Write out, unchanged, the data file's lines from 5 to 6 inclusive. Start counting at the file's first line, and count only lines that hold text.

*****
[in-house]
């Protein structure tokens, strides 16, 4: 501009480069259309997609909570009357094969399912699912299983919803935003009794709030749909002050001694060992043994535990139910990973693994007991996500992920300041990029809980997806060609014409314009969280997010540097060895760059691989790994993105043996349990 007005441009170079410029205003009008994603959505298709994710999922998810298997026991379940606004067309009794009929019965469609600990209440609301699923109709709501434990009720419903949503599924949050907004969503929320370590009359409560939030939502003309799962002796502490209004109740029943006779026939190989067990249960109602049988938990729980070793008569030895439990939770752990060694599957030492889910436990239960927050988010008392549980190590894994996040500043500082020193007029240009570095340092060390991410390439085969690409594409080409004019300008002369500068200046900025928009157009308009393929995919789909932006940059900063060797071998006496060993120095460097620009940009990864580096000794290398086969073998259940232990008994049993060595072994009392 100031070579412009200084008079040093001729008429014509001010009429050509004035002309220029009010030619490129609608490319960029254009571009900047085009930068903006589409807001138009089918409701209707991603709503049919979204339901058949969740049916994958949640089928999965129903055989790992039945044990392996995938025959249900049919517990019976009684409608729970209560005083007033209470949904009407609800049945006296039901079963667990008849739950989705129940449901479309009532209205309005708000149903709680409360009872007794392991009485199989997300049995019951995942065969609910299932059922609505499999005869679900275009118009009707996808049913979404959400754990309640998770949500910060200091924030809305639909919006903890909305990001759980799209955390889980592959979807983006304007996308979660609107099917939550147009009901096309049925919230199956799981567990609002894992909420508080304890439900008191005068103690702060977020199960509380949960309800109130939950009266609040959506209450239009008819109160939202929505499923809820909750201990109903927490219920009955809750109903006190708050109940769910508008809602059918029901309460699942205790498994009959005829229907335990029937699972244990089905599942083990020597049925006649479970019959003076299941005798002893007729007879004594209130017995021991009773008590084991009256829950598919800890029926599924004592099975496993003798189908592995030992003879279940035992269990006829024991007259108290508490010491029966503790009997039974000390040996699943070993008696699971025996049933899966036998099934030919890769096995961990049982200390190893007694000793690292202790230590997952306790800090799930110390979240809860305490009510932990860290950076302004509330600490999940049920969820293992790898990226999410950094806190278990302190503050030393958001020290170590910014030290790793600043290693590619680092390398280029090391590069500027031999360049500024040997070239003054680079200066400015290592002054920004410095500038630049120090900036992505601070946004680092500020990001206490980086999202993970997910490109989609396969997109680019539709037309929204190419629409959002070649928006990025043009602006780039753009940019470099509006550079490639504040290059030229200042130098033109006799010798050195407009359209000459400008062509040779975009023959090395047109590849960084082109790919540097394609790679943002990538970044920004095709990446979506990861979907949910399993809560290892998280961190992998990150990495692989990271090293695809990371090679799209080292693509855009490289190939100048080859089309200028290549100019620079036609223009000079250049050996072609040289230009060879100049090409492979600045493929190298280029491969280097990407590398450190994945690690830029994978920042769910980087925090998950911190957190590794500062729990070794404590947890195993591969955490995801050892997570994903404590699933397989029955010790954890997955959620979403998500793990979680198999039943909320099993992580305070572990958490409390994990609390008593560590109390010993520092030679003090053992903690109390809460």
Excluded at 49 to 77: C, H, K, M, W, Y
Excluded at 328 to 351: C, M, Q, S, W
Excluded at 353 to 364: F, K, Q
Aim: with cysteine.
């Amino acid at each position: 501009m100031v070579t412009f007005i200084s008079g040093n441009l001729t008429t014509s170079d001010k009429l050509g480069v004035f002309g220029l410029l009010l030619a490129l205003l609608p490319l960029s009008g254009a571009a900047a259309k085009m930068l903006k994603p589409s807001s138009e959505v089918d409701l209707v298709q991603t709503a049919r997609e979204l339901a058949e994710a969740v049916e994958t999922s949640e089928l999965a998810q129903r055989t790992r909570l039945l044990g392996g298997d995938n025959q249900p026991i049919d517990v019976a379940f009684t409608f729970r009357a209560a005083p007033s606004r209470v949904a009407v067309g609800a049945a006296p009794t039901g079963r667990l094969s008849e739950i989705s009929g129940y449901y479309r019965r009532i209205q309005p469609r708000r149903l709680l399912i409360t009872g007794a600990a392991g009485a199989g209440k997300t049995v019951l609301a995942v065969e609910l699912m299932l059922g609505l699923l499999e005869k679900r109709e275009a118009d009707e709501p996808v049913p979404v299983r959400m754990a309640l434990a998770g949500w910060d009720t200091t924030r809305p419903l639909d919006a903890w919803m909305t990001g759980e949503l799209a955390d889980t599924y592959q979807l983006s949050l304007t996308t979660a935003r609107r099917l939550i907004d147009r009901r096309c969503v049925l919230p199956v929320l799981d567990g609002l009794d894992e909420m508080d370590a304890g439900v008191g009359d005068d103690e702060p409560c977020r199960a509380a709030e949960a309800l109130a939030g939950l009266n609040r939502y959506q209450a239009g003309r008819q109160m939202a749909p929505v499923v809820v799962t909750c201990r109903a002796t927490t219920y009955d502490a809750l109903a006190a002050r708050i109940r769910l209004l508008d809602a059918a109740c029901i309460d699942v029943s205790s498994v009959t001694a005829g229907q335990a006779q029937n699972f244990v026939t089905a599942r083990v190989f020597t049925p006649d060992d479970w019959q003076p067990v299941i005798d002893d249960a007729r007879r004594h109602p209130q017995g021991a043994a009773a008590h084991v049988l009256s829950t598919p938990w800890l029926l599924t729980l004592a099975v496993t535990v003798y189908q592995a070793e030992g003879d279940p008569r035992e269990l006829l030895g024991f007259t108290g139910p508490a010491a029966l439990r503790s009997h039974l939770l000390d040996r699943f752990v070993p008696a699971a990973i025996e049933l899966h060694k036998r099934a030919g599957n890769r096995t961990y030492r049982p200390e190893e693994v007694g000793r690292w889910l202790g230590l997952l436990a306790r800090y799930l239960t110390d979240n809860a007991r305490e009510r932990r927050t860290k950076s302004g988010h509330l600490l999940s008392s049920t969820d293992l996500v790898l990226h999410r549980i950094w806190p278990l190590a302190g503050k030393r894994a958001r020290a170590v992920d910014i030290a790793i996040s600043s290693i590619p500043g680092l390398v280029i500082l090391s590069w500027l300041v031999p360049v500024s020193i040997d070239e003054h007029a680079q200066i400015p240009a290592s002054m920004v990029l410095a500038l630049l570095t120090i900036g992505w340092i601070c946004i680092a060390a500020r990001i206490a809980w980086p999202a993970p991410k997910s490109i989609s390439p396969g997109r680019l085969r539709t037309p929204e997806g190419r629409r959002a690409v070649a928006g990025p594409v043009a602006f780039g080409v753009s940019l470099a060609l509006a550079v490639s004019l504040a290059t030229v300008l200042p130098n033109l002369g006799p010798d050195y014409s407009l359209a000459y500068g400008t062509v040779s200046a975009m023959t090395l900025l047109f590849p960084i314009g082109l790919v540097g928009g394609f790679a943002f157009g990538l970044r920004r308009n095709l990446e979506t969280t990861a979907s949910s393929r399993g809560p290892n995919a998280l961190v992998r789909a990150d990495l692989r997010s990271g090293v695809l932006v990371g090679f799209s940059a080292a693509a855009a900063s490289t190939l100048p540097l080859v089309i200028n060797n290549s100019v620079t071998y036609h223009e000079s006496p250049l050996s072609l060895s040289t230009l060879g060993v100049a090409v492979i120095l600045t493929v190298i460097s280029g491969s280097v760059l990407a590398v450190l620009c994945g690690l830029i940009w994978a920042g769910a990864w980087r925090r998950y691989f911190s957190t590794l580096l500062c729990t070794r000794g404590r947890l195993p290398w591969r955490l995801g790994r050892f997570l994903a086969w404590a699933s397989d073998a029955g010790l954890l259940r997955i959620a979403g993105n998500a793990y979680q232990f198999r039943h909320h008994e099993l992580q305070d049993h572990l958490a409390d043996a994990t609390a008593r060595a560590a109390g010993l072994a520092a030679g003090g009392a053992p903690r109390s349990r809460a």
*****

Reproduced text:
Excluded at 353 to 364: F, K, Q
Aim: with cysteine.